Updated Results for Infigratinib in Metastatic Urothelial Cancer

Researchers reported updated findings of infigratinib in upper tract urothelial carcinoma and urothelial carcinoma of the bladder, supporting the development of phase III studies in this setting.

Updated results, published in Cancer, demonstrated that infigratinib retains significant activity in patients with metastatic urothelial cancer (mUC).

Moreover, the study found that the nature of mutations noted in upper tract urothelial carcinoma (UTUC) appears to differ from that of the mutations found in urothelial carcinoma of the bladder (UCB), with the caveat of a small sample size, a higher rate of FGFR3 S249C mutations, and a smaller repertoire of mutations observed. 

Given the findings presented in this study regarding infigratinib in patients with UTUC, the researchers suggest the planning of a phase III, adjuvant study performed predominantly in this population. 

“To our knowledge, these are the highest response rates achieved in a UTUC cohort to date and this is the only targeted therapy found to have differentiated efficacy in patients with UTUC compared with those with UCB,” the authors wrote.

A total of 67 eligible patients with metastatic urothelial carcinoma activating FGFR3 mutations and/or fusions were enrolled in the study, and the majority (70.1%) had received ≥2 prior antineoplastic therapies. Researchers performed genomic profiling on formalin-fixed, paraffin-embedded tissues and blood was collected for cell-free DNA analysis using a 600-gene panel.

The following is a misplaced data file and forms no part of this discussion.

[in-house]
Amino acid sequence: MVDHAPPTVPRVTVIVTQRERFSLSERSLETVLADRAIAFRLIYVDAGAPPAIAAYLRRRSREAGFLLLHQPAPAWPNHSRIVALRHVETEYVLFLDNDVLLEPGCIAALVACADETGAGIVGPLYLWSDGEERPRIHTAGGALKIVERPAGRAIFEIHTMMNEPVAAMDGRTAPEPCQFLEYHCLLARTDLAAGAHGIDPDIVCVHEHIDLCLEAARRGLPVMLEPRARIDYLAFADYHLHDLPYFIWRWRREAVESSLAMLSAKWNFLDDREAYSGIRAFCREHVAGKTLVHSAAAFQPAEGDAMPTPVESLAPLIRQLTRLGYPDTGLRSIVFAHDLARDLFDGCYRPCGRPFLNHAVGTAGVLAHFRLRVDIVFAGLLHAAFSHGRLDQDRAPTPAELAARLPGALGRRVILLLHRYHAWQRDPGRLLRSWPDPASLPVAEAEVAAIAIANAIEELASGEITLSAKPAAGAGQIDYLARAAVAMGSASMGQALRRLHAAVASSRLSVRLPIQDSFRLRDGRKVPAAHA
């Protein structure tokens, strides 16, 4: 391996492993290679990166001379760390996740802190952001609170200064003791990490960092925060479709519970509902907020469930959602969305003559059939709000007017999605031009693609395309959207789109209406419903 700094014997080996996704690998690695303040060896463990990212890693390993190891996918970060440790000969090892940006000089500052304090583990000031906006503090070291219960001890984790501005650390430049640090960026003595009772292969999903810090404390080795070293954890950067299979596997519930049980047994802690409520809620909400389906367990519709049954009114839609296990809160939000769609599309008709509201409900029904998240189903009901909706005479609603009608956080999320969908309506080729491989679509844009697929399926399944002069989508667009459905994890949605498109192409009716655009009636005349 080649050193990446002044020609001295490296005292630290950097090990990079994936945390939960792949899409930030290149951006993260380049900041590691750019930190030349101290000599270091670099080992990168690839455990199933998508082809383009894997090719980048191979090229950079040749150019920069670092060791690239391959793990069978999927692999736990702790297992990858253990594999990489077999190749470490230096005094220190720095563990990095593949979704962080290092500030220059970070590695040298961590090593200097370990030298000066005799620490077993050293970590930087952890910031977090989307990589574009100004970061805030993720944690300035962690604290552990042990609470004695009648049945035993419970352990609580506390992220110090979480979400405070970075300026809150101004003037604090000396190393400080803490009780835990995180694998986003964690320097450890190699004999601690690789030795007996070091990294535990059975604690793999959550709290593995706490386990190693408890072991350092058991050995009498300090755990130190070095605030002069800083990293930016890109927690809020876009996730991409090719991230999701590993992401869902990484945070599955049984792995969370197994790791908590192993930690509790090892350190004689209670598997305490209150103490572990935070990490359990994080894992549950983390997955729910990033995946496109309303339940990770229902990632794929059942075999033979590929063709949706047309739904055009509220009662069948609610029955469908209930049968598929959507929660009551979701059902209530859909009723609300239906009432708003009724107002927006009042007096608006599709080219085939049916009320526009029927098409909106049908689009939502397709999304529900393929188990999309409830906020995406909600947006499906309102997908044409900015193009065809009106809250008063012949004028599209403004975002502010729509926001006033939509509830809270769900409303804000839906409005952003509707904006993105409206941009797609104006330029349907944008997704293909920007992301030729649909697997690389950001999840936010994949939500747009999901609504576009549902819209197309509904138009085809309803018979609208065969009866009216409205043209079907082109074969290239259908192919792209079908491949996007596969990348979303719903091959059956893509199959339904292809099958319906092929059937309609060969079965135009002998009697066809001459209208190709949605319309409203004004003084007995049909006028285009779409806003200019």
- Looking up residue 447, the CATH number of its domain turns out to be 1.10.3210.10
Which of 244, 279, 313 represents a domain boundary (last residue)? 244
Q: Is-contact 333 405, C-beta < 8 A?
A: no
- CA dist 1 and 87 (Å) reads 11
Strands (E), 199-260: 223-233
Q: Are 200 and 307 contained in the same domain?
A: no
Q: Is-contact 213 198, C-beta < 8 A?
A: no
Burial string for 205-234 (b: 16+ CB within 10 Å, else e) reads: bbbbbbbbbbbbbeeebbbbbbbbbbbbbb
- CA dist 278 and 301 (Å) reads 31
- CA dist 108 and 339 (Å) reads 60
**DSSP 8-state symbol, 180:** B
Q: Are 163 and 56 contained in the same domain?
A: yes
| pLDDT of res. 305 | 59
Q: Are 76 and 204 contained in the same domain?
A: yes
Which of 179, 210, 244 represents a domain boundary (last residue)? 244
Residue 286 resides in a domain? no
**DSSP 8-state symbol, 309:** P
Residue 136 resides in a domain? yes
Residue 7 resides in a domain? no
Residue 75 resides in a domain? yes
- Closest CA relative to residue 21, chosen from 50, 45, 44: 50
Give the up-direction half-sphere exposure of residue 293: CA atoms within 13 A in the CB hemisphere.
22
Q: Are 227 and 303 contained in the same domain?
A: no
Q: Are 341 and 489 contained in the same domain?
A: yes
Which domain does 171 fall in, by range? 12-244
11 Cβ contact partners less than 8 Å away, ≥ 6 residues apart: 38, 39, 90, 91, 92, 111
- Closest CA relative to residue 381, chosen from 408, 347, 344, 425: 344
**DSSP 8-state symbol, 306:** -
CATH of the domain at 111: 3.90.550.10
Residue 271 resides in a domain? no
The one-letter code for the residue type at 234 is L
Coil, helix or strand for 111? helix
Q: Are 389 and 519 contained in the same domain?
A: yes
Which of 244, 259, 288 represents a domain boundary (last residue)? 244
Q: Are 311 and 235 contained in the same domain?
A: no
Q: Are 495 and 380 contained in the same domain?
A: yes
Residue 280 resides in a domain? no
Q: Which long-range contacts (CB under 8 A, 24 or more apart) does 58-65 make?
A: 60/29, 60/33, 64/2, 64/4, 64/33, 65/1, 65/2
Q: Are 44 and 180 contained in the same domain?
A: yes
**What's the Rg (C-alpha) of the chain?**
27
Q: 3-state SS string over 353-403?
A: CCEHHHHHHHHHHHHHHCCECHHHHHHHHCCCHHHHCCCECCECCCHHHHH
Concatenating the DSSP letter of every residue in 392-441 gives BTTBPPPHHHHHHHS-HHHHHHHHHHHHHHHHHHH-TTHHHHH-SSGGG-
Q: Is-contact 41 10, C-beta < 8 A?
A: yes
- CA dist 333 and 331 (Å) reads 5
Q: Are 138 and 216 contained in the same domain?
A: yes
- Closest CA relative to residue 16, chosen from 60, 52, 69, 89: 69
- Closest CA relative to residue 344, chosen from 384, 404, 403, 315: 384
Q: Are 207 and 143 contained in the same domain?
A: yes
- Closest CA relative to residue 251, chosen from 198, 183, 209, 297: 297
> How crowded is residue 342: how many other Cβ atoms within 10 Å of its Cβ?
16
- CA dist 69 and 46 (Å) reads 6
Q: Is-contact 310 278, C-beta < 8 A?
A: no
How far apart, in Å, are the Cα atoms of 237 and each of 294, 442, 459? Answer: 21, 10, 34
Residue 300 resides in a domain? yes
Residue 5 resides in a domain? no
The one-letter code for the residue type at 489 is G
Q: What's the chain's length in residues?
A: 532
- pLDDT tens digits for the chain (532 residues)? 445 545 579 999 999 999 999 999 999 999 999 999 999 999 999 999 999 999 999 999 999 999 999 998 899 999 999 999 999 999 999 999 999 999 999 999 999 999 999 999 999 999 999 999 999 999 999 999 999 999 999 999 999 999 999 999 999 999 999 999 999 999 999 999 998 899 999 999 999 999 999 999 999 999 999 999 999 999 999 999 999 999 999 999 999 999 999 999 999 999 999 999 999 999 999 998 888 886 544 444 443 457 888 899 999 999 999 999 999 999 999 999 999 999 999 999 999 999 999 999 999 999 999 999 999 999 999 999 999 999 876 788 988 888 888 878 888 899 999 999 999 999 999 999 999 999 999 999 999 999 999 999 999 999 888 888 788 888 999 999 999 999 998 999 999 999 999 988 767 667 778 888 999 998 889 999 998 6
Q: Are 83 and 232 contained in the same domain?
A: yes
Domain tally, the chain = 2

Participants were given 125 mg of infigratinib orally daily (3 weeks on, 1 week off) until disease progression or intolerable toxicity occurred. In the UTC cohort of 8 patients, researchers observed 1 complete response (CR) and 3 partial responses (PRs), for an overall response rate (ORR) of 50%, while the remaining patients achieved a best response of stable disease (SD). Ddisease control rate (DCR) was 100%. Of the 59 patients with UCB, 13 PRs were observed (ORR, 22%), and 22 patients had a best response of SD (DCR, 59.3%).

Additionally, differences in genomic alterations between patients with UTUC and those with UCB included higher frequencies of FGFR3-TACC3 fusions (12.5% vs 6.8%) and FGFR3 R248C mutations (50% vs 11.9%), as well as a lower frequency of FGFR3 S249C mutations (37.5% vs 59.3%).

“Similar to the tissue-based genomic profiling in the current study, pretreatment cfDNA analysis demonstrated an increase in mutations and gain and/or loss of gene copy that are known to alter protein function among patients with UCB versus those with UTUC,” the authors wrote. “Together, these data suggest a less heterogenous mutation profile in patients with UTUC com- pared with those with UCB, which may lead to a greater likelihood that FGFR3 is the primary alteration driving the cancer in UTUC and therefore a greater likelihood of response to infigratinib.”

Given the small sample size, the researchers were limited in their ability to correct for potentially confounding clinical and demographic variables that could have affected the outcome. The conclusions surrounding the genomic findings in cfDNA were also potentially altered by the lack of available blood specimens in several patients. However, it should be also be noted that the findings in the cfDNA and tissue specimens were somewhat consistent (i.e., a lesser degree of genomic diversity in UTUC vs UCB). 


Pal SK, Bajorin D, Dizman N, et al. Infigratinib in Upper Tract Urothelial Carcinoma Versus Urothelial Carcinoma of the Bladder and Its Association With Comprehensive Genomic Profiling and/or Cell-Free DNA Results. Cancer. doi:10.1002/cncr.32806.

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